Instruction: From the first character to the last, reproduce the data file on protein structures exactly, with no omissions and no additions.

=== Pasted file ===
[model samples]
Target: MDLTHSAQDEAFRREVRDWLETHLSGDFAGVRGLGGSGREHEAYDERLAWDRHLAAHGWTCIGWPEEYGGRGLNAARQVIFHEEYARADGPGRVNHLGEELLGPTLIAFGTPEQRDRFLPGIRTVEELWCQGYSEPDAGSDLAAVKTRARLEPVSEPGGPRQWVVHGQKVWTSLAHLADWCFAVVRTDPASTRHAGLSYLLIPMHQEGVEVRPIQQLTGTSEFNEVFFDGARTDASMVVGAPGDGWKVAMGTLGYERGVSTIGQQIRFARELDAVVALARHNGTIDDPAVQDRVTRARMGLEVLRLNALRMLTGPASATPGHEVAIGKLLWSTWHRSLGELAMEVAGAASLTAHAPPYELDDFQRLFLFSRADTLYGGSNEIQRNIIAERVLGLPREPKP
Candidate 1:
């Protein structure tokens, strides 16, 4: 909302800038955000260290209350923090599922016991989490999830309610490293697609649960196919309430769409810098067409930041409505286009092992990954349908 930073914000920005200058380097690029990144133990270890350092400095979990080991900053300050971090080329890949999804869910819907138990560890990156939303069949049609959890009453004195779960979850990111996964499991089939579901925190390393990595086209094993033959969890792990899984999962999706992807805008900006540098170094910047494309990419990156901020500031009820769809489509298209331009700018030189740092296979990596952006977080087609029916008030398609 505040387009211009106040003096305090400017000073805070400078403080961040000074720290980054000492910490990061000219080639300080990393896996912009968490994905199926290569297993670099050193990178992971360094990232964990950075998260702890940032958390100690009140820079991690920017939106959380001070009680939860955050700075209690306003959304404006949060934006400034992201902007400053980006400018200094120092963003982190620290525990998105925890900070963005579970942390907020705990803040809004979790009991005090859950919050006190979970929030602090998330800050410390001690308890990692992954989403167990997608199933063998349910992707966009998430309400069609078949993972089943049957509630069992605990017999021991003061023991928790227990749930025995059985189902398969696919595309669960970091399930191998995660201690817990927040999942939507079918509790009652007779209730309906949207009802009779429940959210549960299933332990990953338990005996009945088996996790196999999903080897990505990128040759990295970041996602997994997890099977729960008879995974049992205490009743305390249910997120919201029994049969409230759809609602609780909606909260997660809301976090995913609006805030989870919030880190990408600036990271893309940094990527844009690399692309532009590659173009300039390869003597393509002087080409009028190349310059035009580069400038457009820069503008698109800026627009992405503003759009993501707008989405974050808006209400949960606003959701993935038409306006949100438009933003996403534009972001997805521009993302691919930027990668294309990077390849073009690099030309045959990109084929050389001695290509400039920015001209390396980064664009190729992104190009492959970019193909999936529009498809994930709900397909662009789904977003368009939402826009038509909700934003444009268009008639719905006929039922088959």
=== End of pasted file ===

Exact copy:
[model samples]
Target: MDLTHSAQDEAFRREVRDWLETHLSGDFAGVRGLGGSGREHEAYDERLAWDRHLAAHGWTCIGWPEEYGGRGLNAARQVIFHEEYARADGPGRVNHLGEELLGPTLIAFGTPEQRDRFLPGIRTVEELWCQGYSEPDAGSDLAAVKTRARLEPVSEPGGPRQWVVHGQKVWTSLAHLADWCFAVVRTDPASTRHAGLSYLLIPMHQEGVEVRPIQQLTGTSEFNEVFFDGARTDASMVVGAPGDGWKVAMGTLGYERGVSTIGQQIRFARELDAVVALARHNGTIDDPAVQDRVTRARMGLEVLRLNALRMLTGPASATPGHEVAIGKLLWSTWHRSLGELAMEVAGAASLTAHAPPYELDDFQRLFLFSRADTLYGGSNEIQRNIIAERVLGLPREPKP
Candidate 1:
């Protein structure tokens, strides 16, 4: 909302800038955000260290209350923090599922016991989490999830309610490293697609649960196919309430769409810098067409930041409505286009092992990954349908 930073914000920005200058380097690029990144133990270890350092400095979990080991900053300050971090080329890949999804869910819907138990560890990156939303069949049609959890009453004195779960979850990111996964499991089939579901925190390393990595086209094993033959969890792990899984999962999706992807805008900006540098170094910047494309990419990156901020500031009820769809489509298209331009700018030189740092296979990596952006977080087609029916008030398609 505040387009211009106040003096305090400017000073805070400078403080961040000074720290980054000492910490990061000219080639300080990393896996912009968490994905199926290569297993670099050193990178992971360094990232964990950075998260702890940032958390100690009140820079991690920017939106959380001070009680939860955050700075209690306003959304404006949060934006400034992201902007400053980006400018200094120092963003982190620290525990998105925890900070963005579970942390907020705990803040809004979790009991005090859950919050006190979970929030602090998330800050410390001690308890990692992954989403167990997608199933063998349910992707966009998430309400069609078949993972089943049957509630069992605990017999021991003061023991928790227990749930025995059985189902398969696919595309669960970091399930191998995660201690817990927040999942939507079918509790009652007779209730309906949207009802009779429940959210549960299933332990990953338990005996009945088996996790196999999903080897990505990128040759990295970041996602997994997890099977729960008879995974049992205490009743305390249910997120919201029994049969409230759809609602609780909606909260997660809301976090995913609006805030989870919030880190990408600036990271893309940094990527844009690399692309532009590659173009300039390869003597393509002087080409009028190349310059035009580069400038457009820069503008698109800026627009992405503003759009993501707008989405974050808006209400949960606003959701993935038409306006949100438009933003996403534009972001997805521009993302691919930027990668294309990077390849073009690099030309045959990109084929050389001695290509400039920015001209390396980064664009190729992104190009492959970019193909999936529009498809994930709900397909662009789904977003368009939402826009038509909700934003444009268009008639719905006929039922088959």